[Air-l] Dr. Pat Radin Has Passed Away
halavais at u.washington.edu
halavais at u.washington.edu
Sat Jun 7 09:07:05 PDT 2003
It is indeed a sad time. Rob Kling was among those who introduced me to this field when I was an undergraduate at UC Irvine. I was lucky to be there when the intersection between the social sciences and computer sciences was a rare occurrence on American campuses. I crossed paths with Rob at a symposium on scholarly communication a couple of weeks before his death, and had wanted to find some way of thanking him for that early encouragement, but couldn't find the words.
Pat and I were colleagues in the Ph.D. program at the University of Washington, and given our shared interests, we would often talk about the direction of the field and sometimes lecture in each other's classes. She had an extensive network of friends and colleagues, and was never shy about connecting together those whom she thought would share interests. The last time I heard from her, earlier this year, it was to introduce me to someone she thought would be able to help me with some of my research on blogs.
Both of these people, in very different ways, affected the direction of my studies and the way I think about the academic world. I know I am not alone in this--their personal influence was widely felt in our community. Since I have missed the opportunity to thank the two of them directly, I thank them here. They both helped more people than they could have ever known.
| Alexander Campbell Halavais |
| alex.halavais.net, alex at halavais.net |
| Assistant Professor, School of Informatics |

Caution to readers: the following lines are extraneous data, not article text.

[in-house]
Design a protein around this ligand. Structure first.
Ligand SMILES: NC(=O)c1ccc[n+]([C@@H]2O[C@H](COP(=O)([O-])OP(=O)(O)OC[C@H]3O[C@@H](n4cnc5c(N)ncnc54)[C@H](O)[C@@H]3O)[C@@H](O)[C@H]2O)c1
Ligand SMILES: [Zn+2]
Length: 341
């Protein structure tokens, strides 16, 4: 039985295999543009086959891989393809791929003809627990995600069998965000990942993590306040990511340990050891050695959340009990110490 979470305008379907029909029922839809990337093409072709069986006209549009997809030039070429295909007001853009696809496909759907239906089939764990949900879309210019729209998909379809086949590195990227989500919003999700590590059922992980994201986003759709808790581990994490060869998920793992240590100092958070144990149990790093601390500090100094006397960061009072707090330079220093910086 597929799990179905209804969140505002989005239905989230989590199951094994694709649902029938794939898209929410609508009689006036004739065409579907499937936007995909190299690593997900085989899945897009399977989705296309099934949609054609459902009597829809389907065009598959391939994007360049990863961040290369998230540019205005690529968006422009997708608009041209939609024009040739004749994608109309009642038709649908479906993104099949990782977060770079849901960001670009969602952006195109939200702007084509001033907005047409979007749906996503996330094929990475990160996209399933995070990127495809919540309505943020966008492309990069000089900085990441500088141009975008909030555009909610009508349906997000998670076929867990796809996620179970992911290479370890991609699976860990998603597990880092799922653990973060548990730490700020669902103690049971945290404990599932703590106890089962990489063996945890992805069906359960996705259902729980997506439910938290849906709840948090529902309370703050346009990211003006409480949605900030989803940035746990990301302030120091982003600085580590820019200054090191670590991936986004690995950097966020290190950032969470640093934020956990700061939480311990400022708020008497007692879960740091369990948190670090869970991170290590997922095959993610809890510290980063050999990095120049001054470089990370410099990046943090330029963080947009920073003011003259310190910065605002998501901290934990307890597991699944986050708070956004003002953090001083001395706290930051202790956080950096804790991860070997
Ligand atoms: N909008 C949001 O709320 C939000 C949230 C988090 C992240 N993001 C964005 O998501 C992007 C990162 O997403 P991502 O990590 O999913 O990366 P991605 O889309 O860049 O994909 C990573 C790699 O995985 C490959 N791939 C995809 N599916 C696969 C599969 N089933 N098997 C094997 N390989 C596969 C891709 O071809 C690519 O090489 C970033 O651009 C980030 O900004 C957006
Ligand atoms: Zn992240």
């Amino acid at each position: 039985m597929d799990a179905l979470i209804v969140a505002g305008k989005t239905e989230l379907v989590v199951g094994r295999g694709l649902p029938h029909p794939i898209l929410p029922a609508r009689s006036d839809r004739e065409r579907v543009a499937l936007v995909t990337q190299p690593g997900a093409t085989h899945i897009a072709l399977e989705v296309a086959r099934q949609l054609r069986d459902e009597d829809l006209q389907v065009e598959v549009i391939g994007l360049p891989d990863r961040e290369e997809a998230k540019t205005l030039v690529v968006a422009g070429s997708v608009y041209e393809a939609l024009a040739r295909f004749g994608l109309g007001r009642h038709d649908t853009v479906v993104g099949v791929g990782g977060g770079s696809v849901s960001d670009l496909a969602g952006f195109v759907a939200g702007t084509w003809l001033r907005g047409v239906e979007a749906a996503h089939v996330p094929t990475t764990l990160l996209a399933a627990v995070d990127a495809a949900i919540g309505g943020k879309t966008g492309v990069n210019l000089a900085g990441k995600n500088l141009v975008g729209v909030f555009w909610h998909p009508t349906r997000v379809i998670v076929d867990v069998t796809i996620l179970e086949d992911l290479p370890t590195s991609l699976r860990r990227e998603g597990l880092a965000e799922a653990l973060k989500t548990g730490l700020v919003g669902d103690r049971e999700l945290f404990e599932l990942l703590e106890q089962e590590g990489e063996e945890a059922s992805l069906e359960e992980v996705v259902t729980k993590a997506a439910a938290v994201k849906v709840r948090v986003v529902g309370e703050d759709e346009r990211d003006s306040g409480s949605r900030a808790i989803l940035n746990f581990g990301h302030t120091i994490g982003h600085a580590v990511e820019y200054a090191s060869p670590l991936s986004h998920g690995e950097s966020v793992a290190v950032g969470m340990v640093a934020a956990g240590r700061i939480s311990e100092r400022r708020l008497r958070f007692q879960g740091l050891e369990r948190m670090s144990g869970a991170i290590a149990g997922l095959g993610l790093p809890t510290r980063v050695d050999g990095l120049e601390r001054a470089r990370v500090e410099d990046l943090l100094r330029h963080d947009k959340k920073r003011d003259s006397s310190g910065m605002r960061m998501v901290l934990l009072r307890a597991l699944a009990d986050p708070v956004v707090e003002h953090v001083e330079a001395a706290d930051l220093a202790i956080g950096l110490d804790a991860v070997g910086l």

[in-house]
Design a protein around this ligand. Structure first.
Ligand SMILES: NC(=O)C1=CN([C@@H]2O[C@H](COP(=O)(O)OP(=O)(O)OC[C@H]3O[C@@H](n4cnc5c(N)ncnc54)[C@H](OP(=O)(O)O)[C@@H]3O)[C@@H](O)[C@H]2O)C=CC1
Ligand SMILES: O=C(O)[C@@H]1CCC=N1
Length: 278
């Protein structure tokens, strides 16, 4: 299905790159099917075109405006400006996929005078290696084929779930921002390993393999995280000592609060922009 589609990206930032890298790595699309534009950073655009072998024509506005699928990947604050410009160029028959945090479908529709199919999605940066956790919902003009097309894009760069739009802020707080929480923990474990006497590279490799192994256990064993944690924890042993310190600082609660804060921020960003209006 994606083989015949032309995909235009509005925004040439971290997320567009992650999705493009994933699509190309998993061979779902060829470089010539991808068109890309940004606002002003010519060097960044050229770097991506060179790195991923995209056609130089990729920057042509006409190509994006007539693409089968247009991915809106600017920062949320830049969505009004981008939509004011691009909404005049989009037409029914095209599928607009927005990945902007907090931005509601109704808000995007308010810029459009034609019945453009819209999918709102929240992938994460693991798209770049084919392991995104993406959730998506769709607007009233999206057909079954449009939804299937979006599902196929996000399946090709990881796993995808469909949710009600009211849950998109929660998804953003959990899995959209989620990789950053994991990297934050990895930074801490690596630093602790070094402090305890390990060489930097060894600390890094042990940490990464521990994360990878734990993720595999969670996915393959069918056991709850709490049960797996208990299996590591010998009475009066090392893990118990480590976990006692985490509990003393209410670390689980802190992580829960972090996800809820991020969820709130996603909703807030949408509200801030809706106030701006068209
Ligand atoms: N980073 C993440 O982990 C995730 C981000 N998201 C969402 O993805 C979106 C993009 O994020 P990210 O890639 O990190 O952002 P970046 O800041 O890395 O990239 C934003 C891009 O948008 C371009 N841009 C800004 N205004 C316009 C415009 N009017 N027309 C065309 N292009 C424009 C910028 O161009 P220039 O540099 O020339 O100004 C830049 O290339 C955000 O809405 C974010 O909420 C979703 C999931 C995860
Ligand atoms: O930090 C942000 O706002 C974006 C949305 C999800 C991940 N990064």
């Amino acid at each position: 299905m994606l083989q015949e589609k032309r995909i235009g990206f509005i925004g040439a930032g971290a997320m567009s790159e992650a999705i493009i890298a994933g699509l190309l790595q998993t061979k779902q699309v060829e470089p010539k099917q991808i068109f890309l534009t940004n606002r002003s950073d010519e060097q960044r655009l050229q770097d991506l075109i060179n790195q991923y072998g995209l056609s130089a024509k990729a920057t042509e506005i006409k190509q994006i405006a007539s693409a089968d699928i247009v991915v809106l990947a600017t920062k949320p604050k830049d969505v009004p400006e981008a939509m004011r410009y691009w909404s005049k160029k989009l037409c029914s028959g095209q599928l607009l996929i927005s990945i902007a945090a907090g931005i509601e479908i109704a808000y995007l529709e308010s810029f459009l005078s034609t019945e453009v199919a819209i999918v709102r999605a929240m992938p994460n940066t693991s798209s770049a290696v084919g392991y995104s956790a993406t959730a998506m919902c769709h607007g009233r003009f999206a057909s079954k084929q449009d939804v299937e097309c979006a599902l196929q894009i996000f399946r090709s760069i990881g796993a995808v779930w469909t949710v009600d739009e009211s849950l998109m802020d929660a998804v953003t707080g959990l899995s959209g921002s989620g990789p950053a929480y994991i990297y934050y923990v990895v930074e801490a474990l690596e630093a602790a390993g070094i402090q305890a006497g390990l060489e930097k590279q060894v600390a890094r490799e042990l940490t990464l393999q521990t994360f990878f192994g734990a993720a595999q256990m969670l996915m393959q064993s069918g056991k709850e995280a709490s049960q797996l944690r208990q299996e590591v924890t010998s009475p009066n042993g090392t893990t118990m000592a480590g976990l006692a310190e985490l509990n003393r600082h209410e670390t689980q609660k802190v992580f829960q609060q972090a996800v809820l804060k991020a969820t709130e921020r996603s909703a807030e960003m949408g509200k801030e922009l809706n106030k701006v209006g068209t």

| State University of New York at Buffalo |
From: air-l-admin at aoir.org [mailto:air-l-admin at aoir.org]On Behalf Of Michael Gurstein
Sent: Saturday, June 07, 2003 5:50 AM
Cc: kennedy at alamedanet.net
Subject: [Air-l] Dr. Pat Radin Has Passed Away
This seems to be the season for sad announcements.
I'm forwarding the below to the AiR list as many of you will have met or know of Pat Radin.
Although relatively new as an academic, Pat had a long career as a science journalist specializing in new technologies.
I got to know her when in the course of doing her Ph.D. work she approached me as someone with overlapping interests who lived near her research contacts in Nova Scotia. Pat's research focussing on the creation and on-going activities of an on-line support group for breast cancer survivors.
Her research, typically for her, was lively, engaged and socially oriented, as concerned with the benefits that she might provide as with the academic outcomes of her work. Again typically for her she made friends with the group and eventually became a trusted advisor for them.
Pat was a big person, big heart, big voice, big presence in the world. I'll miss her as a dear friend and as a valued collaborator.
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